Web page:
Change is not impossible in Seattle, but sometimes it comes very slowly. The Seattle Process, sometimes called the Seattle Way, has become shorthand among American policy wonks, municipal mandarins and the citizens settled around the Seattle-Tacoma Metroplex for the Seattle region’s often grindingly slow form of governance. Some leaders lead, some leaders follow, some leaders fiddle, but Seattle’s leadership seems eternally mired in the middle of holding public meetings to discuss every minute detail of municipal action in order to satisfy each and every minority before moving forward. To hear some tell the tale, it is the death of sound leadership, a Kafkaesque labyrinth of wasted money and gridlocked special interests; to hear others tell it, the Seattle Process is democracy at its finest.
Franz Kafka wrote stories about surreal bureaucratic systems that swallowed their own human components within a mist of ill-defined oppressiveness and evil. While none, or at least very few, would assign words like “evil” to Seattle’s government, the themes of bureaucratic paralysis, and even satirically extreme deadlock, are all too familiar to Seattle residents. This is not because of incompetence in any traditional sense, nor corruption as one might readily assume in many other regions, but due to the rise of an extreme form of identity politics as is the norm in Seattle.
In Seattle, one cannot simply sit down with Boeing and the local environmentalists and hope to hammer out a compromise. Instead “three dimensional identity politics” dominate. One must meet with the wealthy, environmentally-conscious women and the lower-class, gay artists, then one must satisfy the bicycle-riding, under-30 technocrats and the suburban, commuter dads. Any one group opposing a given change tends to derail it, or at least stall it until demands are met, money runs out or exhaustion sets in.
In any system, projects come and go. Some projects thrive, and some projects fail. Seattle’s recent history with large municipal projects, even if one chose to limit one’s examination to transportation projects alone, is positively epic in ambition. From airport runways to light rail systems to underwater tunnels, Seattle has put forward a grip of proposals to unsnarl traffic delays and modernize its energy use and economic outlook. Yet many of these projects have died on the vine, often taking millions or billions of dollars with them into oblivion. Seattleites weave the list into songs and make pretty graphs of the money wasted and years squandered trying to satisfy every bicyclist, car owner and neighborhood association before laying an inch of asphalt or digging even one ditch in Seattle’s rich northwestern soil.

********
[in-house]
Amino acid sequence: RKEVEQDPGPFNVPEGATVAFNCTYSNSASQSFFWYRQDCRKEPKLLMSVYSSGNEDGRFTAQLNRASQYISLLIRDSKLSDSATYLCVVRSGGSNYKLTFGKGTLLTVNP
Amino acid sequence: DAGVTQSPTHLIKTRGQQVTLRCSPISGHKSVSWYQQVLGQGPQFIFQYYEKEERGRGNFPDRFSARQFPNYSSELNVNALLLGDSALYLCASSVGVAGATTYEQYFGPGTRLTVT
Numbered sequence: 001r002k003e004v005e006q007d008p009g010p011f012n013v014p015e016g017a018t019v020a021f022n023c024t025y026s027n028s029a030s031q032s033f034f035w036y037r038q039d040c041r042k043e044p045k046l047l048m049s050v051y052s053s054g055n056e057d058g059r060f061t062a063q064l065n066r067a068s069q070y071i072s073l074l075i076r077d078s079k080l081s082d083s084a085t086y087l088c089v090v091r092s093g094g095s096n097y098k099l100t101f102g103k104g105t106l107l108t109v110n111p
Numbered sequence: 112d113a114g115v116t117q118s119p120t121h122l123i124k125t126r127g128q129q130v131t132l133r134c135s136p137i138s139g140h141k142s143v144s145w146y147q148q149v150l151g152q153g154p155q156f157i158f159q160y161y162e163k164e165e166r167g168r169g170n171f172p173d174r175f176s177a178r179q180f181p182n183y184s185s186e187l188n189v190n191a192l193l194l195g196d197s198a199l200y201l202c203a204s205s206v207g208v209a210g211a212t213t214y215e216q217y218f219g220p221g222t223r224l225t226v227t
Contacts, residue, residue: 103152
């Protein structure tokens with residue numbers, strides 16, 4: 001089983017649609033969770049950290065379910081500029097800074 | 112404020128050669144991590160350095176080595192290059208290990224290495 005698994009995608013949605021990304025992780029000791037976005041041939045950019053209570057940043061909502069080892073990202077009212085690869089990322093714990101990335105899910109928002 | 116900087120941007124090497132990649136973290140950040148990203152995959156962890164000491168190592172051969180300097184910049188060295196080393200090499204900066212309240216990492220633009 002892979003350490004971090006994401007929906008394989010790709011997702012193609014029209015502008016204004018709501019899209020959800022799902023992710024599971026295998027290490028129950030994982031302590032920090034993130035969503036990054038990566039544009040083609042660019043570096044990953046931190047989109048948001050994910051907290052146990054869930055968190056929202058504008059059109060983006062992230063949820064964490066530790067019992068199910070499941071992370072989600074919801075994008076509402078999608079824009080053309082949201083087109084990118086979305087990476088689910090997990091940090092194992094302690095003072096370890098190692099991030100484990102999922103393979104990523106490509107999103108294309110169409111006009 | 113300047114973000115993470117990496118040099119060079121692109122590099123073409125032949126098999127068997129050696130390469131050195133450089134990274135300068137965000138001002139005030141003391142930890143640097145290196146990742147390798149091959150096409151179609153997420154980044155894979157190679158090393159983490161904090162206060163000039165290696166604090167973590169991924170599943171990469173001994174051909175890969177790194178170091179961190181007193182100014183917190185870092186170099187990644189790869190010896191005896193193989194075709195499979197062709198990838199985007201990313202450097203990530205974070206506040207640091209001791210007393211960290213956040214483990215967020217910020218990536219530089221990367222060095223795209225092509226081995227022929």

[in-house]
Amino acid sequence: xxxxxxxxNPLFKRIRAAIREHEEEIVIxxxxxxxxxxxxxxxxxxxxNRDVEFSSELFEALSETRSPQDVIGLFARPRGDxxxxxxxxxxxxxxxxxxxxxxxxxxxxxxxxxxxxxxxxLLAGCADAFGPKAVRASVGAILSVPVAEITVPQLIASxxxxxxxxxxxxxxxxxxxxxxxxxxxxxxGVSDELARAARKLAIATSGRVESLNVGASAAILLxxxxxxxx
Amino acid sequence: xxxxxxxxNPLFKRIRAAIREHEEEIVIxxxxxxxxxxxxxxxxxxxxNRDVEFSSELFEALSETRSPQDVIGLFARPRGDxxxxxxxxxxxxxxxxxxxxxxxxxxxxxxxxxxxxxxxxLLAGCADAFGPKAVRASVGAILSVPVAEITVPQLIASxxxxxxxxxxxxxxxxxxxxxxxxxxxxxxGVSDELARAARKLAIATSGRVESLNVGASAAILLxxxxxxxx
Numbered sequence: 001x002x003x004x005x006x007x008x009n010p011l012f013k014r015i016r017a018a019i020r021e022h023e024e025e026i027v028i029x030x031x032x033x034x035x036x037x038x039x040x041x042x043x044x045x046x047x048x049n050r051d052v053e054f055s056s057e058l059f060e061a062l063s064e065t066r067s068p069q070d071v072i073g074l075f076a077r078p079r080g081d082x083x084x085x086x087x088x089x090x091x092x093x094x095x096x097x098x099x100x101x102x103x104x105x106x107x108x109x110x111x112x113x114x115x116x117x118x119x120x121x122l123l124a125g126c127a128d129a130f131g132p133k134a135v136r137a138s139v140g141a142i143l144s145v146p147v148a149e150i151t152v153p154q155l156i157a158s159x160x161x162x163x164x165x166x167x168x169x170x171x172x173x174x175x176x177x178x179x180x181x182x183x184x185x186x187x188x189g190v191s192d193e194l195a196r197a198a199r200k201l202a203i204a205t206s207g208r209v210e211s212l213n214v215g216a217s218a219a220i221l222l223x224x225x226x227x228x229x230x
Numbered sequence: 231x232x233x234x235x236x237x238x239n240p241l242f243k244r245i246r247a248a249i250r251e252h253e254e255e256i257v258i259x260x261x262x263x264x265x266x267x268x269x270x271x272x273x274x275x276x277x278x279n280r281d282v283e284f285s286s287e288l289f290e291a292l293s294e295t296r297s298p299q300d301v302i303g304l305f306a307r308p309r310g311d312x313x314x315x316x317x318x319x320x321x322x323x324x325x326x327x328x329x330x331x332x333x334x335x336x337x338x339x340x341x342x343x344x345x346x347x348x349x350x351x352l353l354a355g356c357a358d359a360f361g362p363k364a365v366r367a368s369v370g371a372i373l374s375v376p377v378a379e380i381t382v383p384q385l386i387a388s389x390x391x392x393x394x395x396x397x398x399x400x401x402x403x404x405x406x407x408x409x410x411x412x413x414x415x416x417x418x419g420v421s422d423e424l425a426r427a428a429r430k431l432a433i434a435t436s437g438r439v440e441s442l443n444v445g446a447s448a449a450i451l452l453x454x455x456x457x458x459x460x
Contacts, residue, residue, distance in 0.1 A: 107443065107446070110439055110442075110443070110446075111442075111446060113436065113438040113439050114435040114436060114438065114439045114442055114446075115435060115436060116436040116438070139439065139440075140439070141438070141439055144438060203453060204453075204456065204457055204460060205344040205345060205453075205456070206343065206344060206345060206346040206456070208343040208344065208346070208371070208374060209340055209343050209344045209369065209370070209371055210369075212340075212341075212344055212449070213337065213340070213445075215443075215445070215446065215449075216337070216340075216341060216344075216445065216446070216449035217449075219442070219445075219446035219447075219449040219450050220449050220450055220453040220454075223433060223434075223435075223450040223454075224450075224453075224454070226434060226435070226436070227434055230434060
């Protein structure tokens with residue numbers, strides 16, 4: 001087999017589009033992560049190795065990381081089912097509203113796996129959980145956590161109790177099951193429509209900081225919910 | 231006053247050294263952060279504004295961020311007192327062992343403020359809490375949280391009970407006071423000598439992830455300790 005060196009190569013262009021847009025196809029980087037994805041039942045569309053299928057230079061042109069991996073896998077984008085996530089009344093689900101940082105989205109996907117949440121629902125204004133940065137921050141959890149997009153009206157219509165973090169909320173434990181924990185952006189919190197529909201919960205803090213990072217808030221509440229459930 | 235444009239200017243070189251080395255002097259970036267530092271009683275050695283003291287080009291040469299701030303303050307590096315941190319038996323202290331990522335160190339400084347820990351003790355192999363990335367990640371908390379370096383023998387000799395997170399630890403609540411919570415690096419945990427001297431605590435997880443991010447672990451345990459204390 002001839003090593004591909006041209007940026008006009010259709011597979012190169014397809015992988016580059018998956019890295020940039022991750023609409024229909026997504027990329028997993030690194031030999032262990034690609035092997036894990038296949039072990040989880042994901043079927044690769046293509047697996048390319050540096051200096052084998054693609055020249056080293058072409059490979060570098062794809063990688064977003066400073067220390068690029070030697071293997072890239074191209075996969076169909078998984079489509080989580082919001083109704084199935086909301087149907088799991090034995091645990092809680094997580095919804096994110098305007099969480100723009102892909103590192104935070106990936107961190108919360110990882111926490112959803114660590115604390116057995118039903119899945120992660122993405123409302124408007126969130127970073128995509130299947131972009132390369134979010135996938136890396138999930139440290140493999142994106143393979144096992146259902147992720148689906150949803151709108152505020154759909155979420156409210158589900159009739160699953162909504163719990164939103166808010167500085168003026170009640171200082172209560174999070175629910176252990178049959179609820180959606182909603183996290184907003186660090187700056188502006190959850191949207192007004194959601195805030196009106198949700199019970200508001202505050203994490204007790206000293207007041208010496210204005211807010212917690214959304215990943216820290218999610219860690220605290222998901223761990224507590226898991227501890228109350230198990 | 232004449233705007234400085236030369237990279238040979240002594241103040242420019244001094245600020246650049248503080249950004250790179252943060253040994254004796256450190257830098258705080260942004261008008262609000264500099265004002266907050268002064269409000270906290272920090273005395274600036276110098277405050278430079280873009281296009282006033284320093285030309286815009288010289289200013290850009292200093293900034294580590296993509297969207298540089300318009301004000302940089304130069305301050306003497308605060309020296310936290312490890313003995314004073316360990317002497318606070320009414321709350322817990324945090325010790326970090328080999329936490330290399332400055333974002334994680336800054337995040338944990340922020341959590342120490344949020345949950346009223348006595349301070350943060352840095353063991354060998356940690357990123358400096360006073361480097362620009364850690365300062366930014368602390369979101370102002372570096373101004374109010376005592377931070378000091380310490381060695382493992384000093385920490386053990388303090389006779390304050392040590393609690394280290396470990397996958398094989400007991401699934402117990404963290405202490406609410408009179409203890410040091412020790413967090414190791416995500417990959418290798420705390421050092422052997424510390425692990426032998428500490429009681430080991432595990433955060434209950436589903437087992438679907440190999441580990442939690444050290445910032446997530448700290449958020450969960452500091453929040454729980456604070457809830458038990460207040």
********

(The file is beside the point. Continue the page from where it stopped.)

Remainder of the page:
Yet democracy, or Kafkaism, is the Seattle Way. Seattleites also laud the process for its successes. For every one of those massive transportation projects that vanished in a puff of lawsuits and bureaucracy, another one is being built today, all seemingly due to cut ribbon around 2016.
Much hay has been made of Seattle’s recent minimum wage hike. The new $15 per hour minimum, the highest in the country, came into existence virtually uncontested. So extreme a maneuver would have normally been beset by opposition from large and small business owners and every stripe of labor union and investor. Frankly, everyone who has any interest in money should have had something to say about the implementation and timetable of so massive a change, yet it passed with great support, less challenging a lawsuit or two, alongside a funny line chart of phase-in variables and future responsibilities.
More commonly, Seattle success stories look like this: a proposed bicycle path through a downtown neighborhood hits resistance and the local businesses file a lawsuit to stop the project. The path does not get built, but the idea does not die, and the bike advocates continue to lobby through the end of one mayoral administration and into a new one. The new mayor pulls the parties into the mayor’s office for a series of closed-door meetings, until finally a settlement is reached. Victory. Everyone involved releases glowing press releases about effective advocacy and sustainable transportation planning and the bike path gets built. It is not the pyramids of Giza, but no one goes home mad.
One ex-mayor defended the process by trying to delineate consensus building from committee leadership, insisting that a leader who designs his policies with the principles of equality, environmental sustainability and economic growth can still get things done. However, consensus building keeps the mayor’s office honest, the citizens happy and, figuratively speaking, the streets free of blood.
Whether it is Kafka dressed in red, white and biodegradable, and bicycle-friendly blue, or a new democratic distillate where everyone wins…eventually, this is the Seattle Process. Seattle may have lent the process its name, but as special interest politics evolve into identity politics and the large municipalities continue to set the tone and tenor of the American political landscape, the Seattle Process may well become the American Way.
Opinion by Evan Prieskop